ton star in this original "Chase Through the
Sewers" thriller. Welles in one of his best per-
formances as a fascinating man of evil who sets
his traps in the ruins of post-war Vienna. With
a screenplay by Graham Green and a haunting
musical score, t h i s is one of Reed's finest
WED.: Bogart in A LONELY PLACE
TONIGHT AT *LD"',,si
jCinema Guild 7:00 is 9:05 Admission $1.25
!" T - ^
tate-I~- were smart-ter ucx -enougn
!tosof the work, includinhe I11L'1I~I
A formula is' beginning to tions of "Cort ofcLove. the to get their seats in advance
surface: take one best-selling openig of Court of Loveo were rewarded with a memor-
novel, preferably appealing to soloisthethree faculty o a ble evening of music and
the morbid curiosities of the s otsbaritone Leslie Guinn dance.
masses; adapt it to the screenwa outstanding. Each of them
by turning the taskoverstoa faced parts that challenged their
promising young director; so- ranges, but he was the one who CH AR iNG CROSS
licit the talents of the best spe- performed withoutveflinchinge,a BOOKSHOP
cial effects men in the business solo which called for Guinn to Used, Fine and Scholarly Boks
(invade Disney if necessary); leap from an intensely quiet 316 S. STATE--994-4041
wait two years through a seem- near-falsetto to a virile, rich Open Mon.-Fri. 10-8,
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ule, and - presto! Anyone re- ed to thrive on the showiness of--
sembling a human being will; the music, and played his role
be subjected to the final pro- to the hilt.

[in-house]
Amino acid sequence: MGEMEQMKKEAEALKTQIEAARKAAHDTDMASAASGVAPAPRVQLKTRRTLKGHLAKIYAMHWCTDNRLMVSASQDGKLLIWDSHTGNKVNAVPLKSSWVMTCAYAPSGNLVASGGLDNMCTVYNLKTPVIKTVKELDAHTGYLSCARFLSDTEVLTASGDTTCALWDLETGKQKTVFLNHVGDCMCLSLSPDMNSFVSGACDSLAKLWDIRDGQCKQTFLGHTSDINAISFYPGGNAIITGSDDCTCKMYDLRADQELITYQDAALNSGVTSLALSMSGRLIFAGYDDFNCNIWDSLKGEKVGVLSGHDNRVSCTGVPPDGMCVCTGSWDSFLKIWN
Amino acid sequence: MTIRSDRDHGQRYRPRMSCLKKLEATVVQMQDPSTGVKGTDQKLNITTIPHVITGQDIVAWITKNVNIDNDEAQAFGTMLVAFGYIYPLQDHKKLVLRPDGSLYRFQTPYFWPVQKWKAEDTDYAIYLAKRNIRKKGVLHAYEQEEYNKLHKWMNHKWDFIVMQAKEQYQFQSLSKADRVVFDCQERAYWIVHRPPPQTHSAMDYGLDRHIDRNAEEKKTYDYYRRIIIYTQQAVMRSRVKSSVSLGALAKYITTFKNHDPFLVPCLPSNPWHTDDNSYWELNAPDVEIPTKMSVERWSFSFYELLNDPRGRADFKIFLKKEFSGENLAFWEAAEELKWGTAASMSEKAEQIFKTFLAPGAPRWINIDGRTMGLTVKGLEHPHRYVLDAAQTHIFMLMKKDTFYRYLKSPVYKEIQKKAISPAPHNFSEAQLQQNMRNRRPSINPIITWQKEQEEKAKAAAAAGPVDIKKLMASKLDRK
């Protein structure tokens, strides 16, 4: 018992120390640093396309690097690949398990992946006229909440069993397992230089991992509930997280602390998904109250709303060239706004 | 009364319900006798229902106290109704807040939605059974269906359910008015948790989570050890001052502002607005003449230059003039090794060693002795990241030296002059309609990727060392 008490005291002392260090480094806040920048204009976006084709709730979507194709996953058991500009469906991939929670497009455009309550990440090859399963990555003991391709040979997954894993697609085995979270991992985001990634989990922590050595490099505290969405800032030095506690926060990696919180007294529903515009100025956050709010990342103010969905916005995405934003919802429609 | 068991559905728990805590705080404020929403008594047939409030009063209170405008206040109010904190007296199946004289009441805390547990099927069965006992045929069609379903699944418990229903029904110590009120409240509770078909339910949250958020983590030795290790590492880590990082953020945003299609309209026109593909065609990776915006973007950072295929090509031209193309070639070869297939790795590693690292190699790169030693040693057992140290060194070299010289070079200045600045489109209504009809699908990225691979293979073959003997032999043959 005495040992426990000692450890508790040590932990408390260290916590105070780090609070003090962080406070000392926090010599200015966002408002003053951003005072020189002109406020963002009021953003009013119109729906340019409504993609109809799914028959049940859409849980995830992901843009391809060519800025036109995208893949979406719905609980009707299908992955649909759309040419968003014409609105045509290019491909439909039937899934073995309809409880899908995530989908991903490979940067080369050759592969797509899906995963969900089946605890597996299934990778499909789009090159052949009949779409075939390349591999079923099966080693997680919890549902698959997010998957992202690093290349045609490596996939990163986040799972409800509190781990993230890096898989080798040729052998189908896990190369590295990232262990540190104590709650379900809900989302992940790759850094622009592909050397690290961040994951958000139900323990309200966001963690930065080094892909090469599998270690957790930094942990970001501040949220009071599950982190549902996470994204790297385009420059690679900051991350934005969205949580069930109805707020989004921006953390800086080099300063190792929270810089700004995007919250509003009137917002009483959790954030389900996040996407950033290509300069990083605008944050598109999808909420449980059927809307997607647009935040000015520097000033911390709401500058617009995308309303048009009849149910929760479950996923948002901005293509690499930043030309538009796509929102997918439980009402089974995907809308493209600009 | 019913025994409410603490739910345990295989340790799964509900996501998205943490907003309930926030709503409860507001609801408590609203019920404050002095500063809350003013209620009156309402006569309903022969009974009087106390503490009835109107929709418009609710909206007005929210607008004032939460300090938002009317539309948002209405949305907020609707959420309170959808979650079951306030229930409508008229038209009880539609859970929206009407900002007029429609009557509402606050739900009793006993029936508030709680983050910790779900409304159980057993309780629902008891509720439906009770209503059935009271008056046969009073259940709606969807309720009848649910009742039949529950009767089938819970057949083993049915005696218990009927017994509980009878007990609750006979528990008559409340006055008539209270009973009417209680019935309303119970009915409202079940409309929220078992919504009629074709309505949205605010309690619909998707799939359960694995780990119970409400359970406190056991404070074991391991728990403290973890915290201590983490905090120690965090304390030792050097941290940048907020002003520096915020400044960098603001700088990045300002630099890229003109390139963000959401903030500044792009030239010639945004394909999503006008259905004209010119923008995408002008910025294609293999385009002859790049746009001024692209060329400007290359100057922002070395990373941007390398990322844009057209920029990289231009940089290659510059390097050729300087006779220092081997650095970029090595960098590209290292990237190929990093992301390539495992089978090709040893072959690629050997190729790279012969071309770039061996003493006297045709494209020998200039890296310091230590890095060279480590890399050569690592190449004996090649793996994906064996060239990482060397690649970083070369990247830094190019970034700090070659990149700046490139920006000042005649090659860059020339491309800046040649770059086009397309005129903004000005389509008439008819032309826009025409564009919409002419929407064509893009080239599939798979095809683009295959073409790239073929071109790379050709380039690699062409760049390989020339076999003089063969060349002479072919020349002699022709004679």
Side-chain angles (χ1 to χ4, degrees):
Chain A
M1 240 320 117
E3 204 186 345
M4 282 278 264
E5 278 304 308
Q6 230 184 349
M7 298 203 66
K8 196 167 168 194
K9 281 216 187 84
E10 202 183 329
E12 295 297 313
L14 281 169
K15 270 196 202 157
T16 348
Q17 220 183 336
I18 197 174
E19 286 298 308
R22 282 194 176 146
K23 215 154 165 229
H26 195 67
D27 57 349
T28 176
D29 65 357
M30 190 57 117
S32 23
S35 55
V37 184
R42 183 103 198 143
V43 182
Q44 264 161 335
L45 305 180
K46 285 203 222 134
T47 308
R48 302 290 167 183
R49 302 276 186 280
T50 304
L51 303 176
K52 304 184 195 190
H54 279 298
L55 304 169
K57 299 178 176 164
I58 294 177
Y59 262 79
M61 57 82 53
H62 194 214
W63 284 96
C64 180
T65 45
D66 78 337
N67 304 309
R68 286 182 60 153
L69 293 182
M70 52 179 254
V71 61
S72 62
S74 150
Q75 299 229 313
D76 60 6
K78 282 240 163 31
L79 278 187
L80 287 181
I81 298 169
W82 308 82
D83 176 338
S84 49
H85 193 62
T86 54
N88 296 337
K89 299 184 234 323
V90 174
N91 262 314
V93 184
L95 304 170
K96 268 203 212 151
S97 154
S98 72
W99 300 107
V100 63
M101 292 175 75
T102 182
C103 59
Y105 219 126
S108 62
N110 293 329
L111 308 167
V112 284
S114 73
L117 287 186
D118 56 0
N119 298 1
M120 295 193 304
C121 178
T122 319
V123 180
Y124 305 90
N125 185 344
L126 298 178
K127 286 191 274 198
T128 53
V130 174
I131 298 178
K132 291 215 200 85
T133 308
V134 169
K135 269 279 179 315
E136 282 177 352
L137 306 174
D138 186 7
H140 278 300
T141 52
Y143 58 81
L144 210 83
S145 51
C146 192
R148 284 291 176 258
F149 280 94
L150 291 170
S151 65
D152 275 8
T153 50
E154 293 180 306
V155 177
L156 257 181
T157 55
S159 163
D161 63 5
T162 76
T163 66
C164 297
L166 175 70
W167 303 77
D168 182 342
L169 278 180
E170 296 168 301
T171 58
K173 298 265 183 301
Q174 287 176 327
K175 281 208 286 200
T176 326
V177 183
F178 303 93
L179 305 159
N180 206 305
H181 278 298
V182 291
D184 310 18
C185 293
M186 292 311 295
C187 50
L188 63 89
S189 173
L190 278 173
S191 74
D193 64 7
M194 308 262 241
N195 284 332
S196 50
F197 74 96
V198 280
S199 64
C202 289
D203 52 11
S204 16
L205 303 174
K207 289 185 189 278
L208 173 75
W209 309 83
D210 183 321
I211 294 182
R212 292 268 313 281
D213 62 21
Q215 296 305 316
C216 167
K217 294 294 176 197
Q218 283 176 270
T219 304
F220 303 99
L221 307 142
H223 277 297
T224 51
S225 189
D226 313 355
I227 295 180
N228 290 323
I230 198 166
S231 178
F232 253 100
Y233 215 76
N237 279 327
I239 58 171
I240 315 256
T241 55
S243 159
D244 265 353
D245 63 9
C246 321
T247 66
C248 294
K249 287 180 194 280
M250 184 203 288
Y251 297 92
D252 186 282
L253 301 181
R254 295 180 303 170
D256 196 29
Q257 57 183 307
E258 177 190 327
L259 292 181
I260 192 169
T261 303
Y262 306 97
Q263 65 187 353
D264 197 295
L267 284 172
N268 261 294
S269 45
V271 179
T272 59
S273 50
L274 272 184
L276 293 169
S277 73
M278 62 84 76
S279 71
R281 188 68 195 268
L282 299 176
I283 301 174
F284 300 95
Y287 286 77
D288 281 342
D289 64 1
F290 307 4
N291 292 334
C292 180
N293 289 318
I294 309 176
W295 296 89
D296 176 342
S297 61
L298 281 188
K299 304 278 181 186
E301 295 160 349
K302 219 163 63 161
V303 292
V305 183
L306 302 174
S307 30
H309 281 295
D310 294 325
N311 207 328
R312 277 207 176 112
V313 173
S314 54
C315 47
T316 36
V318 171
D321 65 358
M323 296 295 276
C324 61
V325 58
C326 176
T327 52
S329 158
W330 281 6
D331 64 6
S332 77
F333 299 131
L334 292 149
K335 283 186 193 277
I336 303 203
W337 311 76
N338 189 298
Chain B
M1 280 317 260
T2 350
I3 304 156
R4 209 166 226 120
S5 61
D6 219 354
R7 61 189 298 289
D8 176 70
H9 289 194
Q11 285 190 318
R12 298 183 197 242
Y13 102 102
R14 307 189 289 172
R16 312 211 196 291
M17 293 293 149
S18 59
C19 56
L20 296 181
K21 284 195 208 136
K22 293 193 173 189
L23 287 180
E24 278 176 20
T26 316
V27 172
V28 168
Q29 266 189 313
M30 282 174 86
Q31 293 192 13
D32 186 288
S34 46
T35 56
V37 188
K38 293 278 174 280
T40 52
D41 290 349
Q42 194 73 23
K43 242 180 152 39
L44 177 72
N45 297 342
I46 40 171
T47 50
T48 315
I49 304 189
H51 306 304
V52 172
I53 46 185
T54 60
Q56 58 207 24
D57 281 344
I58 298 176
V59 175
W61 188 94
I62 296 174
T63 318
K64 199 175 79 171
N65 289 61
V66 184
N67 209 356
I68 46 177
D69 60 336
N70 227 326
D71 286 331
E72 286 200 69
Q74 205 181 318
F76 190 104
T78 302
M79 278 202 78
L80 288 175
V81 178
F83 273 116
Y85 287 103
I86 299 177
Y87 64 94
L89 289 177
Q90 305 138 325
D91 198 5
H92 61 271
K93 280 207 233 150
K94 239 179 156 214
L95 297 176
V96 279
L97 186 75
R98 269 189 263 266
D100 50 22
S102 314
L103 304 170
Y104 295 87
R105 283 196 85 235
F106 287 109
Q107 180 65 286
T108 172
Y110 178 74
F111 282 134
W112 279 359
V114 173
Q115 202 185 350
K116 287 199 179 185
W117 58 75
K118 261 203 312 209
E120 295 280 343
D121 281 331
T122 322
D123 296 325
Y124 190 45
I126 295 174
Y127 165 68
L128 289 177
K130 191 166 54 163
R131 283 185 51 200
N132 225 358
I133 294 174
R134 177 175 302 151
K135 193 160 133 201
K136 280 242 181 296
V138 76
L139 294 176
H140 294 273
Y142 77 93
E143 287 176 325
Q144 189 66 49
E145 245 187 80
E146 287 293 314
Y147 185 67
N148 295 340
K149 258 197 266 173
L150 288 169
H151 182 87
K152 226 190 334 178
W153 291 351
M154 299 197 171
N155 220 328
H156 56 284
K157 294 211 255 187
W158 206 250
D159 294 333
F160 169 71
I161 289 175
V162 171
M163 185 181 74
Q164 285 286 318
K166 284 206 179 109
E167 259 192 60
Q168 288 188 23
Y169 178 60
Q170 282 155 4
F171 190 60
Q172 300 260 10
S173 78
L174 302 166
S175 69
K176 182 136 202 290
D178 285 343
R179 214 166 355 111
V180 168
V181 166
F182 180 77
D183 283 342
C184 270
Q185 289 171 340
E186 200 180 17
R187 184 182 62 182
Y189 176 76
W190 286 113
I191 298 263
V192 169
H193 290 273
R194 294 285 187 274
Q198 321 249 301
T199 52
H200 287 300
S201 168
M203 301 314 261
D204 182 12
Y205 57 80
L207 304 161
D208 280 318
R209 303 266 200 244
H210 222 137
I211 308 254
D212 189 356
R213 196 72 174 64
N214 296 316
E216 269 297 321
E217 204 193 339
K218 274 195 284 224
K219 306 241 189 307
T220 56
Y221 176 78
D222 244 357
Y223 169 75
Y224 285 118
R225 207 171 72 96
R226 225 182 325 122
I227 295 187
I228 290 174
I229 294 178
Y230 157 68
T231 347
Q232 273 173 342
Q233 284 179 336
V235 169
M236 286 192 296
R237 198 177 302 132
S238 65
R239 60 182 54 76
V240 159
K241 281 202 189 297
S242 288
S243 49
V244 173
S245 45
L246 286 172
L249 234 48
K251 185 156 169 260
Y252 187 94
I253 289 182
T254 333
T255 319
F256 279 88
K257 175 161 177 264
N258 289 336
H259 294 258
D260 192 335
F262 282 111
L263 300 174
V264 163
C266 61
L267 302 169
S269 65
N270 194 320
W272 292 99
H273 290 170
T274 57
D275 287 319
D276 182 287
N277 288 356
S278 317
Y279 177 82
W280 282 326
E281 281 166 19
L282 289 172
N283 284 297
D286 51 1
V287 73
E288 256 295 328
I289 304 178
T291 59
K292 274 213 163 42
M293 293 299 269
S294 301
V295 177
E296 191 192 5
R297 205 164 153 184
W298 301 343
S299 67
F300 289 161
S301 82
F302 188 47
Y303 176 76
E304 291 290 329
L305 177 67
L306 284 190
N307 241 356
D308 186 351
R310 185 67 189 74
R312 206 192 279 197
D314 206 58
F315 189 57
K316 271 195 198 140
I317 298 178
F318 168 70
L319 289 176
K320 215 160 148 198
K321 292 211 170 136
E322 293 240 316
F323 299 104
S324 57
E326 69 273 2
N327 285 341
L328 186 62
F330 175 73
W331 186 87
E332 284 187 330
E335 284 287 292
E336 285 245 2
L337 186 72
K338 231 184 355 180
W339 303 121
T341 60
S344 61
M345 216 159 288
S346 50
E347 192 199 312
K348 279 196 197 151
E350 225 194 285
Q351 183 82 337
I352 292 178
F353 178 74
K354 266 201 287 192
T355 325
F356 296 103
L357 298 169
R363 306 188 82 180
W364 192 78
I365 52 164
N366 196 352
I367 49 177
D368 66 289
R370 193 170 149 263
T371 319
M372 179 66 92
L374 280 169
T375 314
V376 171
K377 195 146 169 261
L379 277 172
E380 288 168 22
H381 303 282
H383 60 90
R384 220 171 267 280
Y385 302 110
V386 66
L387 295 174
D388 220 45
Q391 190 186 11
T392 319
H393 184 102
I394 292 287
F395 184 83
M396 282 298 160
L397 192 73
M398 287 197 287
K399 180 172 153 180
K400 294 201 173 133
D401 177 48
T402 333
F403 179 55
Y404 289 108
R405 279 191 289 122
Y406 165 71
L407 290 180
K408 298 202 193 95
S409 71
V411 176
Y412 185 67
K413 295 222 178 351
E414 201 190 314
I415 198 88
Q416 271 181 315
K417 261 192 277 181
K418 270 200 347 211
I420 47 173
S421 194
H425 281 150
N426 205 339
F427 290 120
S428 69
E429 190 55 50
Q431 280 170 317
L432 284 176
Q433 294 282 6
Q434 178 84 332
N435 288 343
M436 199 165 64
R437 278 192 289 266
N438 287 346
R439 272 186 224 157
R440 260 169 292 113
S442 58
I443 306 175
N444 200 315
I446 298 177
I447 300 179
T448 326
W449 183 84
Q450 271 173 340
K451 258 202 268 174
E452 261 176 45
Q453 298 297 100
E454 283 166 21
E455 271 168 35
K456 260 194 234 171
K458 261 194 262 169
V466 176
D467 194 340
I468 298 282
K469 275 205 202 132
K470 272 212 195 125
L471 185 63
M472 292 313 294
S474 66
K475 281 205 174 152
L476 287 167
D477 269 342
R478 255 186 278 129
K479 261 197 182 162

duct in one form or another. 'The r e al selling -point that;
The process worked in 1973 separated this production from
with The Exorcist, and it looks any typical concert performance
as if it may work even better of Carmina Burana, was, of
this year with Jaws. But this course, the dancers. They domi-'
time, the scenario is slightly 4
UAC CONCERT COOP presents
TONIGHT AT CRISLER ARENA
TICKETS: $6.00 AND $5.00-AVAILABLE AT THE DOOR
NATIONAL LAMPOON SHOW
THIS THURSDAY, NOV. 20
TICKETS: $350-Available at Ticket Central, First Floor Michigan Union
FILMS BY ALAIN RESNAIS
D. &THURS. IN AUD. A, ANGELL HALL
Unlike the Friedkin follies of
two years ago, Jaws, only the
second major film by cinemat-
ic whiz-kid Steven Spielberg,, is
a tense and terrifying work,
constructed in almost classic!
utilization of the director's
sense of mounting fear.
The film's screenplay, a co-,
effort by, Carl Gottlieb and'
Peter Benchley (who author
the book) serves as the frame-!
work by which Spielberg crafts
his effort. -James Valk
Watch For It!
TONIGHT, TUESDAY, NOV. 18
HIROSHIMA MON AMOUR
(Alain Resnais, 1959)
AUD. A-7 only
UAC MUSKET presents
DEC. 4, 5, 6, ALSO SAT. MATINEE DEC. 6
TICKETS NOW ON SALE at UAC Ticket Central